The 454th Bombardment Group was a B-24 group that fought with the Fifteenth Air Force in Italy, taking part in the strategic bombing campaign and supporting the group troops fighting in Italy and the south of France.
The group was activated on 1 June 1943 and trained with the B-24. The group was one of six B-24 groups that were originally meant to have reached Italy by December 1943, but it didn't arrive until January 1944.
The group's main role was to participate in the strategic bombing campaign, hitting targets in Italy, France, Germany, Czechoslovakia, Hungary, Austria, Yugoslavia, Romania and Greece. Targets included the usual oil refineries, aircraft factories, wider industrial areas, harbours and airfields. Some of its targets were chosen to aid the advancing Soviet armies as they entered the Balkans.
The group also flew some tactical missions to support the Allied troops in Italy and the south of France.
On 6-7 February 1944 the Luftwaffe made a rare attack on the Anzio beach head. In response the Allies attacked the airfields at Viterbo, Tarquinia and Orvieto. The 454th was one of three groups that took part in the 110 aircraft attack, which reduced the level of Luftwaffe activity over Anzio for several days.
The group played a limited part in Operation Strangle, the effort to isolate the German frontline in Italy by cutting transport links. Most of the time this role was carried out by the tactical air forces, but Strategic helped from time to time, especially when weather elsewhere in Europe limited their activities. On 28 March 1944 the group took part in the Fifteenth Air Force's first '1000-ton' raid, an attack on marshalling yards in northern Italy.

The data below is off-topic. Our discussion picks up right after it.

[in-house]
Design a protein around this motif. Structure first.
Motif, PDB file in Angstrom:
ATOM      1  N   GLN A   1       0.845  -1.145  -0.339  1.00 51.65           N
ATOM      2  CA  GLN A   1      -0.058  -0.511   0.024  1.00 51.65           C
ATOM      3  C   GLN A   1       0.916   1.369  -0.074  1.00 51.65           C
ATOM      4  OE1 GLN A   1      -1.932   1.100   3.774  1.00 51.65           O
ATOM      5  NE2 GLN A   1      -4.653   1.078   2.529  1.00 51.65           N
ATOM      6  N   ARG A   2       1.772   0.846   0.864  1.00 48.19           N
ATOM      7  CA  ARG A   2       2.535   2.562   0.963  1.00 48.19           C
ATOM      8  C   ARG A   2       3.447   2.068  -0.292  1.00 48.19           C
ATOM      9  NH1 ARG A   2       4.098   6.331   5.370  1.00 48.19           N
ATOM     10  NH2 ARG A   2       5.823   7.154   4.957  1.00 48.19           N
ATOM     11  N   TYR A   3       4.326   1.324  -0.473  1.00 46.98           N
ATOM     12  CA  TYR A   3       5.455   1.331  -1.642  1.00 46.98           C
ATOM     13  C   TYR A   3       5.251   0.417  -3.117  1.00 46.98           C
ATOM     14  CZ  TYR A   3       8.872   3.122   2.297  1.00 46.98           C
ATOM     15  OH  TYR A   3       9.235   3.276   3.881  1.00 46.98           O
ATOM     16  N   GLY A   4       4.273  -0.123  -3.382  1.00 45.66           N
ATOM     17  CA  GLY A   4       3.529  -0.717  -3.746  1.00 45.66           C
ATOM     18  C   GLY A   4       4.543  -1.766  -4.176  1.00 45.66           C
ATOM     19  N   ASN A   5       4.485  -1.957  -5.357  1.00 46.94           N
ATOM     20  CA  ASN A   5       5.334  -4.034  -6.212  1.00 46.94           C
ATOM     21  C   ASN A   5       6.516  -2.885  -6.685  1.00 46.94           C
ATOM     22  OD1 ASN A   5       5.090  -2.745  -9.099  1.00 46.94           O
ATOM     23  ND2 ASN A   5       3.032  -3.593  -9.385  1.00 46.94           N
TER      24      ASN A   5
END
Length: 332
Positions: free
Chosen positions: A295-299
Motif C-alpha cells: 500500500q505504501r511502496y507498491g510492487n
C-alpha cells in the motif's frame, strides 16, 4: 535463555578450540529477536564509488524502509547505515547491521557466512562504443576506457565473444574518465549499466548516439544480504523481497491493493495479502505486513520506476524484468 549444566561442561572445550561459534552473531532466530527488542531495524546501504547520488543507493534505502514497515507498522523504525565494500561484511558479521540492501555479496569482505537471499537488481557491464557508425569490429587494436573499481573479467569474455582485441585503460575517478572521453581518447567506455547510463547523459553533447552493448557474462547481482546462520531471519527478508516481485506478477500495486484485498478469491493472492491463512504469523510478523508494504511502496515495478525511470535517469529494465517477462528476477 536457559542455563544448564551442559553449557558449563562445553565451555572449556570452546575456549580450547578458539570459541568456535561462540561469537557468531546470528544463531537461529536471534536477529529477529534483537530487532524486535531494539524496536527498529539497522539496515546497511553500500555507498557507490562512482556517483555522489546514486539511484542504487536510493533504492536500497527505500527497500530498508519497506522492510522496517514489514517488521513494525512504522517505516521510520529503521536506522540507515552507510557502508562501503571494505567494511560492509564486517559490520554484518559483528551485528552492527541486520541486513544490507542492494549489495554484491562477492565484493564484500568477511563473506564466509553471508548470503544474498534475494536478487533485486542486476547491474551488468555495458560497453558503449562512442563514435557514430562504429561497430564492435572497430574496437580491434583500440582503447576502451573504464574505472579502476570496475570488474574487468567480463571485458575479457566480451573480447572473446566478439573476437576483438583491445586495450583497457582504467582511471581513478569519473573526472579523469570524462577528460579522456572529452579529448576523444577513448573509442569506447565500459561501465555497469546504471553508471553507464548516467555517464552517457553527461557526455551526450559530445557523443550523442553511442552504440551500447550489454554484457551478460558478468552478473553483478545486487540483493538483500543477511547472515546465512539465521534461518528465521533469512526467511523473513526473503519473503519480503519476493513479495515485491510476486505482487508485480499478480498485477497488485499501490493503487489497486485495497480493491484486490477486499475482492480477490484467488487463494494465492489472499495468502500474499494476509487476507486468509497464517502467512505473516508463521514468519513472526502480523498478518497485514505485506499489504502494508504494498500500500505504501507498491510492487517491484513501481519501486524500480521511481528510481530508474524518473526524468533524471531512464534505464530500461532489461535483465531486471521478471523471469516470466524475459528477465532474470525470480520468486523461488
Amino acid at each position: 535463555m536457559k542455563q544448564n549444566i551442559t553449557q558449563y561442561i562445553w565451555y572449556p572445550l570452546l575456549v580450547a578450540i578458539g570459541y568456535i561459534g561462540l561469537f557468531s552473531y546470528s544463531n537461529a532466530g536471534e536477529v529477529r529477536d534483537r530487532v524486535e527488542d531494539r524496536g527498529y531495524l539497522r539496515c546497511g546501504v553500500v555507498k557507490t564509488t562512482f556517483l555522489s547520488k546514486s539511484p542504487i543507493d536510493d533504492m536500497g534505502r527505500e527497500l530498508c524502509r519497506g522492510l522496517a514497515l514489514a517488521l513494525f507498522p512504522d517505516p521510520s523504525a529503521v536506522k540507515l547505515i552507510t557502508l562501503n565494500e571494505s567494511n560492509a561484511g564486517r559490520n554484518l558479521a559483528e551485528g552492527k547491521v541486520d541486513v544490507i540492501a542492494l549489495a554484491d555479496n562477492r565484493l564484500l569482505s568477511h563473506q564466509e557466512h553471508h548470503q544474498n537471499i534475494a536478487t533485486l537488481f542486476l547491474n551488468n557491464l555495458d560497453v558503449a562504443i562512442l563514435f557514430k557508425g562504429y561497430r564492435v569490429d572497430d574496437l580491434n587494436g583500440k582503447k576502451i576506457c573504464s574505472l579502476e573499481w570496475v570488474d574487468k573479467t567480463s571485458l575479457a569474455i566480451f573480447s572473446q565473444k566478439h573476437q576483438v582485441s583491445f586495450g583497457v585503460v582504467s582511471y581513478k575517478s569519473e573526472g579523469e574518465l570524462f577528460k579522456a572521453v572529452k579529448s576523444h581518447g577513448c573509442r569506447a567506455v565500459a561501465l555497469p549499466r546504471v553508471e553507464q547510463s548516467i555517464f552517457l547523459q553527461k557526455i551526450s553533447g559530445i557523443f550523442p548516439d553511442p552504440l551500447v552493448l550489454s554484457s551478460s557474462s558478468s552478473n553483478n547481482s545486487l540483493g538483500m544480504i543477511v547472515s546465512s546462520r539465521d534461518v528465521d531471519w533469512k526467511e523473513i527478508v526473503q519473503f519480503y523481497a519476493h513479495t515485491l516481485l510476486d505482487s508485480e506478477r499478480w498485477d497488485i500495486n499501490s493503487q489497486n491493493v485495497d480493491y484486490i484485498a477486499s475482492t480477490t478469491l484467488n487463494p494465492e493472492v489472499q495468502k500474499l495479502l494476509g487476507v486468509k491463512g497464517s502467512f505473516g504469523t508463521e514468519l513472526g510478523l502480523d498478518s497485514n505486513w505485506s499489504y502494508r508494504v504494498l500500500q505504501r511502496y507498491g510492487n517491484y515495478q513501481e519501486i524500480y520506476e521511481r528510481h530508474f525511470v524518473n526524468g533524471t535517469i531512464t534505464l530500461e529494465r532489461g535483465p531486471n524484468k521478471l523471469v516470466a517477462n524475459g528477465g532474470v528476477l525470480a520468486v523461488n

In the spring and summer of 1944 the group helped support the advance on Rome. In August 1944 it switched its attention to southern France to help Operation Dragoon. In April 1945 the group supported the final victorious Allied offensive in northern Italy which ended with the surrender of the German army in Italy.
The group received two Distinguished Unit Citations. The first came for an attack on the airfield at Bad Voslau on 12 April 1944. The second was for an attack on steel plants at Linz when the group was leading the 304th Bombardment Wing.
The group returned to the United States in July 1945. It was redesignated as the 454th Bombardment Group (Very Heavy) in August 1945, but was inactivated on 17 October 1945 and allocated to the reserve.
June 1943-October 1945: Consolidated B-24 Liberator
|14 May 1943||Constituted as 454th Bombardment Group (Heavy)|
|1 June 1943||Activated|
|Dec 1943-Jan 1944||To Italy and Fifteenth Air Force|
|April 1945||Combat ends|
|July 1945||To US|
|Aug 1945||Redesignated 454th Bombardment Group (Very Heavy)|
|17 October 1945||Inactivated|
Col. Horace D Aynesworth: c. Jun 1943
Col. John A Way: 22 Mar 1945
Lt Col William R Large Jr: 21 May 1945
Lt Col Edward R Casey: 24 May 1945-unkn.
Alamogordo AAFld, NM: 1
Davis-Monthan Field, Ariz: 1 Jul 1943
McCook AAFld, Neb: c. 31 Jul 1943
Charleston AAFld, SC: 3 Oct-Dec 1943
San Giovanni, Italy: Jan 1944-July 1945
Sioux Falls AAFld, SD: 1 Aug 1945
Pyote AAFld, Tex: 17 Aug-17 Oct 1945
736th Bombardment Squadron: 1943-45
737th Bombardment Squadron: 1943-45
738th Bombardment Squadron: 1943-45
739th Bombardment Squadron: 1943-45
1944-45: 304th Bombardment Wing; Fifteenth Air Force